Because the data can include many observations, therefore many trees, sorting by hand may be somewhat time-consuming. Therefore, an option is provided to save the tree locations on the plane in an external file, which can be opened in a different session following the reloading of the same data file.
Example 1 comes from a classic dataset often used in discriminant analysis and cluster analysis, but also to test multivariate visualization techniques. The dataset contains 150 random samples of flowers from the iris species collected by Anderson (1935) and originally published by Fisher (1936). There are 50 observations for each species for sepal length, sepal width, petal length, and petal width.
The following screen-shots, Figure 1.1a and Figure 1.1b, show TreeView running on the iris dataset. It is obvious that three species are easily recognizable.
Figure 1.2 shows the same data mapping as in the previous figures, except the trees have been painted to aid in categorization.
In Figure 1.3, the mapping of variables on the x and y-axis has been changed, but the initial attempt at categorization is preserved via the painting from Figure 1.2.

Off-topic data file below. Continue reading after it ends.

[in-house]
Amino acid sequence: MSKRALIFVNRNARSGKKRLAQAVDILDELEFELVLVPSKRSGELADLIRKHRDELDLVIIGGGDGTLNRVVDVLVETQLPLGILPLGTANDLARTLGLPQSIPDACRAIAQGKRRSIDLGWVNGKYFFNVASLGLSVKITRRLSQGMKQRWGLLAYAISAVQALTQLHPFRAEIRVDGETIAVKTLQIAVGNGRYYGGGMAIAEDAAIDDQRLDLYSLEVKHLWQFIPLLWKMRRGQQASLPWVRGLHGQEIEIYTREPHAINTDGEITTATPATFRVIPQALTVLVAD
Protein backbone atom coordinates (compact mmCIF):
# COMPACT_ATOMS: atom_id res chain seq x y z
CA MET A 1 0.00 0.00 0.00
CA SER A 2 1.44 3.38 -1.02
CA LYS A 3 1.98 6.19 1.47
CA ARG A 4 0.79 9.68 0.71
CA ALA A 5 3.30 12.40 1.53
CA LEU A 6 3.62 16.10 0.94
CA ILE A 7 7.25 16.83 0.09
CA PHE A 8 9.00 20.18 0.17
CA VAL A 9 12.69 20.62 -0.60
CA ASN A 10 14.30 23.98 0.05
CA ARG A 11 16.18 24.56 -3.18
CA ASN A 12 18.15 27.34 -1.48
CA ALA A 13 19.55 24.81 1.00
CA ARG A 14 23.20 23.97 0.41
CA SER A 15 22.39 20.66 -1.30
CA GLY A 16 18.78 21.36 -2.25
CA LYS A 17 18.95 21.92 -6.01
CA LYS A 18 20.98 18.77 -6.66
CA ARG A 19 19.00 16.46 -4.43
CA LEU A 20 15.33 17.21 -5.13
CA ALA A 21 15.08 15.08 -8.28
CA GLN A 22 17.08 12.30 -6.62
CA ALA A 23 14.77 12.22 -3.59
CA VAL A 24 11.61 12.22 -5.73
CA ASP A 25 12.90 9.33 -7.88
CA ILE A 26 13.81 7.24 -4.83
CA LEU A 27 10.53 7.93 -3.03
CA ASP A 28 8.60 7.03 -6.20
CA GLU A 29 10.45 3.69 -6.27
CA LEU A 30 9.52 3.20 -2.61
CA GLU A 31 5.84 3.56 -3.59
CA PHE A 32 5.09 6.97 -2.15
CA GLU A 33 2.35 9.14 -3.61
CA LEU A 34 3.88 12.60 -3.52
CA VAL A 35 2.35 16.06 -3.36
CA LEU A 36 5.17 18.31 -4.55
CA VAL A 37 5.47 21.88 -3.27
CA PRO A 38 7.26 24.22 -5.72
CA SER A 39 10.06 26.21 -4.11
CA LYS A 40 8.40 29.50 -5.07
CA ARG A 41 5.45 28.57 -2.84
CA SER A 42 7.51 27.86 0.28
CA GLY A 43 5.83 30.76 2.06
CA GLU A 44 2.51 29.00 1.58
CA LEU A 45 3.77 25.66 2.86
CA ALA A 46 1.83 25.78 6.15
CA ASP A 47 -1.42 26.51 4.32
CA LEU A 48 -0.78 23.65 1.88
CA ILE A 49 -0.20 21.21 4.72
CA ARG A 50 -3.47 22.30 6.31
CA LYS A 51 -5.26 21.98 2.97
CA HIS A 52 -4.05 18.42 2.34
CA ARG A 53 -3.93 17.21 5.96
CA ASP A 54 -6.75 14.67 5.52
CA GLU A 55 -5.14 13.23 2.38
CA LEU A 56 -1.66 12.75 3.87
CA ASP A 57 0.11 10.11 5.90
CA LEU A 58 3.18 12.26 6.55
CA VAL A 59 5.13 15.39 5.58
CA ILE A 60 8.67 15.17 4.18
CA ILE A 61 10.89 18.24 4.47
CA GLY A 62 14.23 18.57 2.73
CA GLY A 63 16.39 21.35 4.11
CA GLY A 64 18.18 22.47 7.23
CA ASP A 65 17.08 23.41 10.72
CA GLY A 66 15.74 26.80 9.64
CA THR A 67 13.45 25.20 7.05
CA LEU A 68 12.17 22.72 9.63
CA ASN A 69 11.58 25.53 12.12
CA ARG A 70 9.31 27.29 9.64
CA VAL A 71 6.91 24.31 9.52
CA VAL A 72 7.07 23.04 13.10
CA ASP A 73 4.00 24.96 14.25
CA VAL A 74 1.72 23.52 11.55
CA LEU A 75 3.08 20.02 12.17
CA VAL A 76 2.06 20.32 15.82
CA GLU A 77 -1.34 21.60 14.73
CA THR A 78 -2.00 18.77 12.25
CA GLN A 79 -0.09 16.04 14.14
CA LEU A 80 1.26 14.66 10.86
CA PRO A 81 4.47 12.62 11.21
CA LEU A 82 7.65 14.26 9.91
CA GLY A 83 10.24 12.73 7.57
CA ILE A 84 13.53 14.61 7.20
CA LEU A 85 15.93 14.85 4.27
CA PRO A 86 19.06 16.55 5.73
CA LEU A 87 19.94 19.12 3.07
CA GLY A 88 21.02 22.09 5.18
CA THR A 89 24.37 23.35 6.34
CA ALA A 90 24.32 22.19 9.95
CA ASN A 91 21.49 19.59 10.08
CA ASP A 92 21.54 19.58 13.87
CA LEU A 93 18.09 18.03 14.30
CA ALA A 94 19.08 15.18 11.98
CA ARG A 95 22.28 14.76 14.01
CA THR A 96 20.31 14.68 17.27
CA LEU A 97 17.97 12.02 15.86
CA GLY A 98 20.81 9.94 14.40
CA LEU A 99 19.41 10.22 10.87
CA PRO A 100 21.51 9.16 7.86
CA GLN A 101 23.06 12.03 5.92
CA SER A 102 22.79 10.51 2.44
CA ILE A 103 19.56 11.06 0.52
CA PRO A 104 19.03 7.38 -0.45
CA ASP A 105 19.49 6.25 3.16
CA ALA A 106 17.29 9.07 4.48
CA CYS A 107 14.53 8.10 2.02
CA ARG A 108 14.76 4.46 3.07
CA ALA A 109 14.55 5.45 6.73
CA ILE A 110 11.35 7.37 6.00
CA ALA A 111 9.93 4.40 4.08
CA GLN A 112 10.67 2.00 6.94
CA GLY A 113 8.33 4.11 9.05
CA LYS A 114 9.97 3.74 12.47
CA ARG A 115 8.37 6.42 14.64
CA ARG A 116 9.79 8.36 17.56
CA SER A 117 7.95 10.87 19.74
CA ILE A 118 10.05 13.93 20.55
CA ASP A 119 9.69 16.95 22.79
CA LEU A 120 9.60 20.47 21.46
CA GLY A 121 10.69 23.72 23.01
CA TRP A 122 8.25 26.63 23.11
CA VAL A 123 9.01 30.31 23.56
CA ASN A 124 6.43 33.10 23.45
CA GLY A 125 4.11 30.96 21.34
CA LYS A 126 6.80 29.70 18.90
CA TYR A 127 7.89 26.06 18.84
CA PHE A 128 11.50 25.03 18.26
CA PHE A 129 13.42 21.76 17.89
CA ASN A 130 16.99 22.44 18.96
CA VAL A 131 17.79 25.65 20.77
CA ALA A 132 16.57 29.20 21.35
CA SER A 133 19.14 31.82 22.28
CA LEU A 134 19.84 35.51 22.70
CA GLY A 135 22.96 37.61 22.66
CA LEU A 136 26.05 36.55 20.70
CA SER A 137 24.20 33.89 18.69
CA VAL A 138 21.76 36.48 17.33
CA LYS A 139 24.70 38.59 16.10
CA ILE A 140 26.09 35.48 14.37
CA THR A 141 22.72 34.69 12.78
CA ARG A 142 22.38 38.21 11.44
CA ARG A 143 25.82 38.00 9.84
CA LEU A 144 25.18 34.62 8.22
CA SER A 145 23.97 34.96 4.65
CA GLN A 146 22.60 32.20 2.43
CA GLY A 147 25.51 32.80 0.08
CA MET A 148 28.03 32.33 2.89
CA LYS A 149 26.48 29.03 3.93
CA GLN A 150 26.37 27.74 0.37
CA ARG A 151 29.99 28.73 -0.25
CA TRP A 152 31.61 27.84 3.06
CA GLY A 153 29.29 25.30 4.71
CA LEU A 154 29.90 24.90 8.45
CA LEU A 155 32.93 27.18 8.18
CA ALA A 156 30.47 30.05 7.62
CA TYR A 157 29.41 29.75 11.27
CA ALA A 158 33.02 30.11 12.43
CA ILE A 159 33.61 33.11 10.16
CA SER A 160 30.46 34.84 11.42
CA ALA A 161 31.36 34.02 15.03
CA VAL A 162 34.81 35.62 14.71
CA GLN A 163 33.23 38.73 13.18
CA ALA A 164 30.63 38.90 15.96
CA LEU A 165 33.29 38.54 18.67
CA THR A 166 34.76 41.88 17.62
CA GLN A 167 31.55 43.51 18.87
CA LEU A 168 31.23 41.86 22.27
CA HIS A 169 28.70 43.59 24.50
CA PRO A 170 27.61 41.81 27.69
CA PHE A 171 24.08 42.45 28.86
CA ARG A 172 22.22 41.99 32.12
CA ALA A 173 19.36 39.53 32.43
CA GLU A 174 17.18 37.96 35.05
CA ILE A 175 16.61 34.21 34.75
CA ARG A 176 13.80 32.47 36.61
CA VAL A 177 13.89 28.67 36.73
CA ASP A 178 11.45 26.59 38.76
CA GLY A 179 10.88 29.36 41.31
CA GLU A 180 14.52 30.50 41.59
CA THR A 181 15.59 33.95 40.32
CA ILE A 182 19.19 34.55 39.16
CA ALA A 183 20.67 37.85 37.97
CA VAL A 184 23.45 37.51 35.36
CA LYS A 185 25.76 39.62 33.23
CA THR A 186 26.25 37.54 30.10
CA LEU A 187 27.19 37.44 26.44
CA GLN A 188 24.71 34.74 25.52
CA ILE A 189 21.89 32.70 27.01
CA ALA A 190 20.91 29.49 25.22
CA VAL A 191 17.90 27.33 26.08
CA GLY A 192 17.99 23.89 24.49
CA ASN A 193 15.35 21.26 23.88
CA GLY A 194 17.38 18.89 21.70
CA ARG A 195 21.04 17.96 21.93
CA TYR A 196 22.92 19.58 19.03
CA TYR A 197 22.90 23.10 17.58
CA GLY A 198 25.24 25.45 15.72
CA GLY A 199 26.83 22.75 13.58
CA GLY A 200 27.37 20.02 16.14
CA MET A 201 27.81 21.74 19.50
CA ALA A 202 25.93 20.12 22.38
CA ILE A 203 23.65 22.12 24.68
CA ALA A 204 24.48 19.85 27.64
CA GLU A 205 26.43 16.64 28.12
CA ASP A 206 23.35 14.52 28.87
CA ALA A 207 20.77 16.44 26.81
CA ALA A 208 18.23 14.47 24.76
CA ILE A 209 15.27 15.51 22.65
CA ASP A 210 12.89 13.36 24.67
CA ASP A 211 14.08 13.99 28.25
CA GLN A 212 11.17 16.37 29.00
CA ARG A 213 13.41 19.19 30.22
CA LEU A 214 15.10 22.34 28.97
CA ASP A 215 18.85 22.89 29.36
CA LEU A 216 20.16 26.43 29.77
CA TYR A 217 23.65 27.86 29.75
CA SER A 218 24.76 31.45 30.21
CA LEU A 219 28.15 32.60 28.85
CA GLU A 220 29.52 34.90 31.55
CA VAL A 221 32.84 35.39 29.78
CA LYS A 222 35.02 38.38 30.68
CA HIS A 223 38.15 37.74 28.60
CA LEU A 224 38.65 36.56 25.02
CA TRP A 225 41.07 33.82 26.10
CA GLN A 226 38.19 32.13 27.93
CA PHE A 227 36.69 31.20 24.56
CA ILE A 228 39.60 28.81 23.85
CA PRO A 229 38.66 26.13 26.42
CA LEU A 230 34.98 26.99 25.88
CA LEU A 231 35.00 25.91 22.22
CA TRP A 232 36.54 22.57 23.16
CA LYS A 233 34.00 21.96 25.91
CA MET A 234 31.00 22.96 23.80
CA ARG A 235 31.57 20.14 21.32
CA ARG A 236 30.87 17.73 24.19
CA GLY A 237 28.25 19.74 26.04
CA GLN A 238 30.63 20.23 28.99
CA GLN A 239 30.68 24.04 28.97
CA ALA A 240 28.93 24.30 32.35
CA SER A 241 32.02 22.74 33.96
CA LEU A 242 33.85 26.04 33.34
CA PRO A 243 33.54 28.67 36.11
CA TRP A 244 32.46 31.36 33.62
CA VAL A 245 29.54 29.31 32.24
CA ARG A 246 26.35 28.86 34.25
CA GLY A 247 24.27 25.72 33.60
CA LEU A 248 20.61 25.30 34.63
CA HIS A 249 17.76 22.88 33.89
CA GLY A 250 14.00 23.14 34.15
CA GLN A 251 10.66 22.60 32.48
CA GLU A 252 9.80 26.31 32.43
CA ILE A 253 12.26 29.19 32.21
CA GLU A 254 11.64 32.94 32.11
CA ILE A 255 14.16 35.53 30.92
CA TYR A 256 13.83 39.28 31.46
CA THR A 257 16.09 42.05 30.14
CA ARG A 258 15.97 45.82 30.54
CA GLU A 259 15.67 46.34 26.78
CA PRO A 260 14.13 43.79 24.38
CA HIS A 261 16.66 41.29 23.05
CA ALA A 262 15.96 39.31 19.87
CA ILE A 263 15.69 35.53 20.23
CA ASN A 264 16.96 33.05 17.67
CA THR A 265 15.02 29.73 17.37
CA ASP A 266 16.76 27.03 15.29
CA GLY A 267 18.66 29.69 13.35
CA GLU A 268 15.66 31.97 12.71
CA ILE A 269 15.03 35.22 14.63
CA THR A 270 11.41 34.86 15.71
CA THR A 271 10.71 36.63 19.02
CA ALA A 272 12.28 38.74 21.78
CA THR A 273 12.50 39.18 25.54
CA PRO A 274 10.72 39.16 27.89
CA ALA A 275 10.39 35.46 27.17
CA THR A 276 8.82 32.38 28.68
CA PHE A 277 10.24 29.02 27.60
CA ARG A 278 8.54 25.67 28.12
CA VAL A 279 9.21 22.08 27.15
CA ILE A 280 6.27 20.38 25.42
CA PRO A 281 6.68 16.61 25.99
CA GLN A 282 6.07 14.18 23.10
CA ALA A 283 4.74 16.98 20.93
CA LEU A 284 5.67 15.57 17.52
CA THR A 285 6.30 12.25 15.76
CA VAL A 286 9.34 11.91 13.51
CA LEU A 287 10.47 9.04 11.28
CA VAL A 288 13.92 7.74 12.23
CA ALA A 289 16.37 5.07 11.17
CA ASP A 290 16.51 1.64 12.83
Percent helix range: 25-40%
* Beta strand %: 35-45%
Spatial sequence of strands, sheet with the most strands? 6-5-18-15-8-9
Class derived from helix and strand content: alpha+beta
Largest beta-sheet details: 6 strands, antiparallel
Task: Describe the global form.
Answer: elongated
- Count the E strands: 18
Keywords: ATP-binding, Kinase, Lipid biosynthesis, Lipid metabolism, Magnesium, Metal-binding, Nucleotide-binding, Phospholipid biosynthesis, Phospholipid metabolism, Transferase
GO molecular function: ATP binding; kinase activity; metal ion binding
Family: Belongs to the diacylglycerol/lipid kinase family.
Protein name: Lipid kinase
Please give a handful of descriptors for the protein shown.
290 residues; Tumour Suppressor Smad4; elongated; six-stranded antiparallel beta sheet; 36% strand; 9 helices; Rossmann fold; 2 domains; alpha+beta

The iris dataset was easily sorted into three distinct groups using TreeView. However, that dataset only contained four variables. Although the following dataset has not been fully explored, it should provide a good example as to the promise of using TreeView with data of higher dimensions. Example 2 uses a dataset containing 62 samples, each of 2000 genes, from colon tissue of colon-cancer patients (Alon et al., 1999). Forty of the observations come from malignant tissue in tumors, while 22 are from non-malignant regions of the colon. For this example, 50 random dimensions out of the original 2000 were extracted and loaded into TreeView. The trees were sorted for demonstration, but no remapping was conducted in order to categorize some of the ambiguous trees; this is purely based upon the original random mapping of variables to tree components. Some of the trees in the following screen-shot are questionable as to which category they belong, but this would need to be tested experimentally in a usability study.